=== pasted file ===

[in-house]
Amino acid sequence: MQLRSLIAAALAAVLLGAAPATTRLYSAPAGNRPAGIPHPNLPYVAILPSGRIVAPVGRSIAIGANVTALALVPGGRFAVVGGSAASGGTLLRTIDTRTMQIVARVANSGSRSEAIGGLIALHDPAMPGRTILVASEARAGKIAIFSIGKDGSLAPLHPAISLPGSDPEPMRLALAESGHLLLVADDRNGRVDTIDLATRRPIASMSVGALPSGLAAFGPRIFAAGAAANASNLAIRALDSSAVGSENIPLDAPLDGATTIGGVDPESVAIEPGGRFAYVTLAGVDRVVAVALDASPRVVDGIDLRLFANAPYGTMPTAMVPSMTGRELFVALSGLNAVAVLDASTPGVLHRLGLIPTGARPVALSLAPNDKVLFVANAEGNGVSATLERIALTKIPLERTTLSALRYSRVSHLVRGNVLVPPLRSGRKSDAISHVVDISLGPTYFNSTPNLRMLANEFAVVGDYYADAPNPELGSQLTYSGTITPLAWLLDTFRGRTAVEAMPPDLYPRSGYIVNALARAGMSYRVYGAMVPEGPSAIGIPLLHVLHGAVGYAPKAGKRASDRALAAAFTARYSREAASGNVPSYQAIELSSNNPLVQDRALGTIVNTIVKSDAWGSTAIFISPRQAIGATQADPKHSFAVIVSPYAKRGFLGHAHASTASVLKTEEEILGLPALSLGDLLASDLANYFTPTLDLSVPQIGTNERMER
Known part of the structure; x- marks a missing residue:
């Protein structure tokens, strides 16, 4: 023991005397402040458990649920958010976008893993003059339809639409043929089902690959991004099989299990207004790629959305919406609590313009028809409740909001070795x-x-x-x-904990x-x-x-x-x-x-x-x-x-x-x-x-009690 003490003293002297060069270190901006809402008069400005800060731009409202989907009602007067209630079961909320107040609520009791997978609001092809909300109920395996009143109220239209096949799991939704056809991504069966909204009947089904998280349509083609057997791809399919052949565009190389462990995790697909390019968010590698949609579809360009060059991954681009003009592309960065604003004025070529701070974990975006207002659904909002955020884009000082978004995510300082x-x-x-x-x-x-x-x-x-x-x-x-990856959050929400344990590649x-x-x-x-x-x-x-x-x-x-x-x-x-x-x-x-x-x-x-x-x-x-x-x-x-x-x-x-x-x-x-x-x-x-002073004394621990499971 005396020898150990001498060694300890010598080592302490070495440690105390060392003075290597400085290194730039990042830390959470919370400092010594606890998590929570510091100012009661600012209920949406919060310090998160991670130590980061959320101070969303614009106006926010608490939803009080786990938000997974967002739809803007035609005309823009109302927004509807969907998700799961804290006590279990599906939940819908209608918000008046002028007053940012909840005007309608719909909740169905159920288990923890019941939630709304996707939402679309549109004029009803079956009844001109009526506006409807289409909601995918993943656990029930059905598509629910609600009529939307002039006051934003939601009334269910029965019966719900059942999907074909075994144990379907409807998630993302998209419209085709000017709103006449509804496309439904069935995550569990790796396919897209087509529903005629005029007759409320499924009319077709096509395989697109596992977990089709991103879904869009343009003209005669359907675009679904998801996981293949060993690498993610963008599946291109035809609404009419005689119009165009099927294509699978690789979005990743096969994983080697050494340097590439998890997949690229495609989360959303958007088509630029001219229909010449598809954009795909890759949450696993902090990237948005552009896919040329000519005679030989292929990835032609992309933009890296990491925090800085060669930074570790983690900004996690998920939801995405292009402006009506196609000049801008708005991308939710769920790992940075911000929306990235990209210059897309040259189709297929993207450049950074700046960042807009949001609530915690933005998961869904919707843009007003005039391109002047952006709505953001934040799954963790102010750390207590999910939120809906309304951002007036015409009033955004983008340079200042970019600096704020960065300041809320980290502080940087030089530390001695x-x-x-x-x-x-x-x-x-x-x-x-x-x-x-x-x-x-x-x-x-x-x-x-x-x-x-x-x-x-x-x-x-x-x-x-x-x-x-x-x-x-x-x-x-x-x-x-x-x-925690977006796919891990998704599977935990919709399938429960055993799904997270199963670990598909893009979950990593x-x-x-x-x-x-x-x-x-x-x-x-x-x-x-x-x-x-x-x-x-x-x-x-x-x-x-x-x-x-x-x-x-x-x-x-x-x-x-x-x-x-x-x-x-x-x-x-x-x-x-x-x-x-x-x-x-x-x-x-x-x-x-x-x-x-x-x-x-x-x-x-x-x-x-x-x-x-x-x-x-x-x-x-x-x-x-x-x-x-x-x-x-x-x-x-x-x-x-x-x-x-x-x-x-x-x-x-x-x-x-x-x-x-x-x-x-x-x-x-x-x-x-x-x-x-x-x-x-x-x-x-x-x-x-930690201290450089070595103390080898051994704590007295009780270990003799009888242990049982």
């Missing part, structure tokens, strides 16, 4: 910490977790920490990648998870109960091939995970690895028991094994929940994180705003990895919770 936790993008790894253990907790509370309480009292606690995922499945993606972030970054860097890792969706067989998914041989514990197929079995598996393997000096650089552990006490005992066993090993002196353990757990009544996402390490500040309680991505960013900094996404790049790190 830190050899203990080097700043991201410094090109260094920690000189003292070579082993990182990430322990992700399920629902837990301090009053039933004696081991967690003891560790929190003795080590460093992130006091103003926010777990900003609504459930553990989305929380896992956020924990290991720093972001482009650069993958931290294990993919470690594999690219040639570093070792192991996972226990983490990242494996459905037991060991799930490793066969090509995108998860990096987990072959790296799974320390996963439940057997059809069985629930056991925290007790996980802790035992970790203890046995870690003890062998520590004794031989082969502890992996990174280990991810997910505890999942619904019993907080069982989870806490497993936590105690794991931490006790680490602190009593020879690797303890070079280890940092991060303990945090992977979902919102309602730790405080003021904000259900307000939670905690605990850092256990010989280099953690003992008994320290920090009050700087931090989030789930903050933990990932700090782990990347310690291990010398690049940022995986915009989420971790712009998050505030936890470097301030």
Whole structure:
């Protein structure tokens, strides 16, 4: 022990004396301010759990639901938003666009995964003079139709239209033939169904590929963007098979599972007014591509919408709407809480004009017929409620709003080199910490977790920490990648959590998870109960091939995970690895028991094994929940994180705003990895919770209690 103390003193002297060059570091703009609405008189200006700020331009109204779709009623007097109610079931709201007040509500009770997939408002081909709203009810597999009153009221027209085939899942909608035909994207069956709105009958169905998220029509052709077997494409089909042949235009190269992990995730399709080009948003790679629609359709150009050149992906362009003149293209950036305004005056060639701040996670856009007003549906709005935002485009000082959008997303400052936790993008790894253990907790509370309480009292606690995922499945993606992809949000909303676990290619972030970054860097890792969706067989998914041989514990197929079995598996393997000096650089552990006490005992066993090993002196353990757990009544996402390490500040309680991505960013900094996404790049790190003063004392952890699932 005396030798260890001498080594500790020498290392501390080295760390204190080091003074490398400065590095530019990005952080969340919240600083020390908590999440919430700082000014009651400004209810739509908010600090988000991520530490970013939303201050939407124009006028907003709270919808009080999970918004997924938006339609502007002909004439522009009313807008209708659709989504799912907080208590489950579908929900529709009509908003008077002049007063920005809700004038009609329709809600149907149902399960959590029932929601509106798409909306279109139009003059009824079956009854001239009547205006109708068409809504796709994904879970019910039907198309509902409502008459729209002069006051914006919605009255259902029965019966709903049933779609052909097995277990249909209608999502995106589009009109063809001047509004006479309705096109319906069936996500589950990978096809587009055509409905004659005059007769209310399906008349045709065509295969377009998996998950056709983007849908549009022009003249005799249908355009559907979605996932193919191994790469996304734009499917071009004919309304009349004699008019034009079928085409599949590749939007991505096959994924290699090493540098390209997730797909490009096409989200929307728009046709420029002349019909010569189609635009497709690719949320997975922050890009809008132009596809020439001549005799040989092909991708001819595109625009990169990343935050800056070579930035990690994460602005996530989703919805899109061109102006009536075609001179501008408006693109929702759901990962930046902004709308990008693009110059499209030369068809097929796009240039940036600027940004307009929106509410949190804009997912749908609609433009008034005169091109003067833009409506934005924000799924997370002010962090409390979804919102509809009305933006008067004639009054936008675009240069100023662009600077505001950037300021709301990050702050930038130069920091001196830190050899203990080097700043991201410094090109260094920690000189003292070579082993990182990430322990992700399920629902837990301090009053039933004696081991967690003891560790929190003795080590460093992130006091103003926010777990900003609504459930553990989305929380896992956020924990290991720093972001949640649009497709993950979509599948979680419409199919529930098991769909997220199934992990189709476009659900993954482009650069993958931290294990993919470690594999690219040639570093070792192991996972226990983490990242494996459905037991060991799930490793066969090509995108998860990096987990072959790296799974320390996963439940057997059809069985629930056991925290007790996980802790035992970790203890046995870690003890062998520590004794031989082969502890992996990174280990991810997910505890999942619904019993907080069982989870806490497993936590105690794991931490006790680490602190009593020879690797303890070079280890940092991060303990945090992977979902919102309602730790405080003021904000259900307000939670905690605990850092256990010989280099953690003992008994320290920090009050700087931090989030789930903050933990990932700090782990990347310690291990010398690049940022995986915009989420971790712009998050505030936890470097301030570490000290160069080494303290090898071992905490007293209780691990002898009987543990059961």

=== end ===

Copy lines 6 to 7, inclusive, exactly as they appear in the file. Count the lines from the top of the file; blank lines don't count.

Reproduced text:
Whole structure:
């Protein structure tokens, strides 16, 4: 022990004396301010759990639901938003666009995964003079139709239209033939169904590929963007098979599972007014591509919408709407809480004009017929409620709003080199910490977790920490990648959590998870109960091939995970690895028991094994929940994180705003990895919770209690 103390003193002297060059570091703009609405008189200006700020331009109204779709009623007097109610079931709201007040509500009770997939408002081909709203009810597999009153009221027209085939899942909608035909994207069956709105009958169905998220029509052709077997494409089909042949235009190269992990995730399709080009948003790679629609359709150009050149992906362009003149293209950036305004005056060639701040996670856009007003549906709005935002485009000082959008997303400052936790993008790894253990907790509370309480009292606690995922499945993606992809949000909303676990290619972030970054860097890792969706067989998914041989514990197929079995598996393997000096650089552990006490005992066993090993002196353990757990009544996402390490500040309680991505960013900094996404790049790190003063004392952890699932 005396030798260890001498080594500790020498290392501390080295760390204190080091003074490398400065590095530019990005952080969340919240600083020390908590999440919430700082000014009651400004209810739509908010600090988000991520530490970013939303201050939407124009006028907003709270919808009080999970918004997924938006339609502007002909004439522009009313807008209708659709989504799912907080208590489950579908929900529709009509908003008077002049007063920005809700004038009609329709809600149907149902399960959590029932929601509106798409909306279109139009003059009824079956009854001239009547205006109708068409809504796709994904879970019910039907198309509902409502008459729209002069006051914006919605009255259902029965019966709903049933779609052909097995277990249909209608999502995106589009009109063809001047509004006479309705096109319906069936996500589950990978096809587009055509409905004659005059007769209310399906008349045709065509295969377009998996998950056709983007849908549009022009003249005799249908355009559907979605996932193919191994790469996304734009499917071009004919309304009349004699008019034009079928085409599949590749939007991505096959994924290699090493540098390209997730797909490009096409989200929307728009046709420029002349019909010569189609635009497709690719949320997975922050890009809008132009596809020439001549005799040989092909991708001819595109625009990169990343935050800056070579930035990690994460602005996530989703919805899109061109102006009536075609001179501008408006693109929702759901990962930046902004709308990008693009110059499209030369068809097929796009240039940036600027940004307009929106509410949190804009997912749908609609433009008034005169091109003067833009409506934005924000799924997370002010962090409390979804919102509809009305933006008067004639009054936008675009240069100023662009600077505001950037300021709301990050702050930038130069920091001196830190050899203990080097700043991201410094090109260094920690000189003292070579082993990182990430322990992700399920629902837990301090009053039933004696081991967690003891560790929190003795080590460093992130006091103003926010777990900003609504459930553990989305929380896992956020924990290991720093972001949640649009497709993950979509599948979680419409199919529930098991769909997220199934992990189709476009659900993954482009650069993958931290294990993919470690594999690219040639570093070792192991996972226990983490990242494996459905037991060991799930490793066969090509995108998860990096987990072959790296799974320390996963439940057997059809069985629930056991925290007790996980802790035992970790203890046995870690003890062998520590004794031989082969502890992996990174280990991810997910505890999942619904019993907080069982989870806490497993936590105690794991931490006790680490602190009593020879690797303890070079280890940092991060303990945090992977979902919102309602730790405080003021904000259900307000939670905690605990850092256990010989280099953690003992008994320290920090009050700087931090989030789930903050933990990932700090782990990347310690291990010398690049940022995986915009989420971790712009998050505030936890470097301030570490000290160069080494303290090898071992905490007293209780691990002898009987543990059961």